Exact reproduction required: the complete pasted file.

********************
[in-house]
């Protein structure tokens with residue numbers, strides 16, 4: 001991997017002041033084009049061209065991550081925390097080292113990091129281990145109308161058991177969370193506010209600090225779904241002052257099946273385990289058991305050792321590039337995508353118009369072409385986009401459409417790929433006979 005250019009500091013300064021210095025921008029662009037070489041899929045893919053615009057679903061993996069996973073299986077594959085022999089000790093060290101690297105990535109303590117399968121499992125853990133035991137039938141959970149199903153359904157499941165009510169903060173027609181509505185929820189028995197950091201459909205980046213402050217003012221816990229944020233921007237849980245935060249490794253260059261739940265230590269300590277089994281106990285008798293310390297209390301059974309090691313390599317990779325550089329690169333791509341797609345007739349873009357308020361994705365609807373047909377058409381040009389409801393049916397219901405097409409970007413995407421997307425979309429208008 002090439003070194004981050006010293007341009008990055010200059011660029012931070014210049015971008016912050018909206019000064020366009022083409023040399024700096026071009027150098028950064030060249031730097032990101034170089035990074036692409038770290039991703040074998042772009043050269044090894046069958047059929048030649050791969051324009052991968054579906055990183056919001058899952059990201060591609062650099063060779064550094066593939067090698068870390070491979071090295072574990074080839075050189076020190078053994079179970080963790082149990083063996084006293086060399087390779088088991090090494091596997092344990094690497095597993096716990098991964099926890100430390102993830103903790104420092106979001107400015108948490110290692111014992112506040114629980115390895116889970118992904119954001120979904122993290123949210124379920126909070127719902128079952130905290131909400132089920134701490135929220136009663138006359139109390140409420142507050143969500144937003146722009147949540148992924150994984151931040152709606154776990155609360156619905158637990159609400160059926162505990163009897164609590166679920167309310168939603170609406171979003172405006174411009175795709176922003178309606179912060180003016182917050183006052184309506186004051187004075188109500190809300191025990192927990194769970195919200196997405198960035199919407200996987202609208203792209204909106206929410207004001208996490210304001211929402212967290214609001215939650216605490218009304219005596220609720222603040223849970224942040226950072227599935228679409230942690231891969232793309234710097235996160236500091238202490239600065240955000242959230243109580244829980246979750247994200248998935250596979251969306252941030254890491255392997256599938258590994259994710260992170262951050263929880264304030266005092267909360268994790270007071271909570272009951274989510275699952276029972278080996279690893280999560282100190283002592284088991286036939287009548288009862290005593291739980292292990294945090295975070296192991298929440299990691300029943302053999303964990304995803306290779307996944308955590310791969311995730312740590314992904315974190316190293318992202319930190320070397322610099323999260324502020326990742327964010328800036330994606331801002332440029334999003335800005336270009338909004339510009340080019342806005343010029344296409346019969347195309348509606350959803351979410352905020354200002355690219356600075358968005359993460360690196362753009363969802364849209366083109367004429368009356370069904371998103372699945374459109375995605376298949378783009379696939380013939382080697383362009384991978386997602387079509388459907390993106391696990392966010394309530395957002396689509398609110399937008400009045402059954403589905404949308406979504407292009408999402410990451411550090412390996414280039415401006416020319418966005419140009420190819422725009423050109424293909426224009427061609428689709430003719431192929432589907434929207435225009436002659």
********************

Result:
[in-house]
């Protein structure tokens with residue numbers, strides 16, 4: 001991997017002041033084009049061209065991550081925390097080292113990091129281990145109308161058991177969370193506010209600090225779904241002052257099946273385990289058991305050792321590039337995508353118009369072409385986009401459409417790929433006979 005250019009500091013300064021210095025921008029662009037070489041899929045893919053615009057679903061993996069996973073299986077594959085022999089000790093060290101690297105990535109303590117399968121499992125853990133035991137039938141959970149199903153359904157499941165009510169903060173027609181509505185929820189028995197950091201459909205980046213402050217003012221816990229944020233921007237849980245935060249490794253260059261739940265230590269300590277089994281106990285008798293310390297209390301059974309090691313390599317990779325550089329690169333791509341797609345007739349873009357308020361994705365609807373047909377058409381040009389409801393049916397219901405097409409970007413995407421997307425979309429208008 002090439003070194004981050006010293007341009008990055010200059011660029012931070014210049015971008016912050018909206019000064020366009022083409023040399024700096026071009027150098028950064030060249031730097032990101034170089035990074036692409038770290039991703040074998042772009043050269044090894046069958047059929048030649050791969051324009052991968054579906055990183056919001058899952059990201060591609062650099063060779064550094066593939067090698068870390070491979071090295072574990074080839075050189076020190078053994079179970080963790082149990083063996084006293086060399087390779088088991090090494091596997092344990094690497095597993096716990098991964099926890100430390102993830103903790104420092106979001107400015108948490110290692111014992112506040114629980115390895116889970118992904119954001120979904122993290123949210124379920126909070127719902128079952130905290131909400132089920134701490135929220136009663138006359139109390140409420142507050143969500144937003146722009147949540148992924150994984151931040152709606154776990155609360156619905158637990159609400160059926162505990163009897164609590166679920167309310168939603170609406171979003172405006174411009175795709176922003178309606179912060180003016182917050183006052184309506186004051187004075188109500190809300191025990192927990194769970195919200196997405198960035199919407200996987202609208203792209204909106206929410207004001208996490210304001211929402212967290214609001215939650216605490218009304219005596220609720222603040223849970224942040226950072227599935228679409230942690231891969232793309234710097235996160236500091238202490239600065240955000242959230243109580244829980246979750247994200248998935250596979251969306252941030254890491255392997256599938258590994259994710260992170262951050263929880264304030266005092267909360268994790270007071271909570272009951274989510275699952276029972278080996279690893280999560282100190283002592284088991286036939287009548288009862290005593291739980292292990294945090295975070296192991298929440299990691300029943302053999303964990304995803306290779307996944308955590310791969311995730312740590314992904315974190316190293318992202319930190320070397322610099323999260324502020326990742327964010328800036330994606331801002332440029334999003335800005336270009338909004339510009340080019342806005343010029344296409346019969347195309348509606350959803351979410352905020354200002355690219356600075358968005359993460360690196362753009363969802364849209366083109367004429368009356370069904371998103372699945374459109375995605376298949378783009379696939380013939382080697383362009384991978386997602387079509388459907390993106391696990392966010394309530395957002396689509398609110399937008400009045402059954403589905404949308406979504407292009408999402410990451411550090412390996414280039415401006416020319418966005419140009420190819422725009423050109424293909426224009427061609428689709430003719431192929432589907434929207435225009436002659």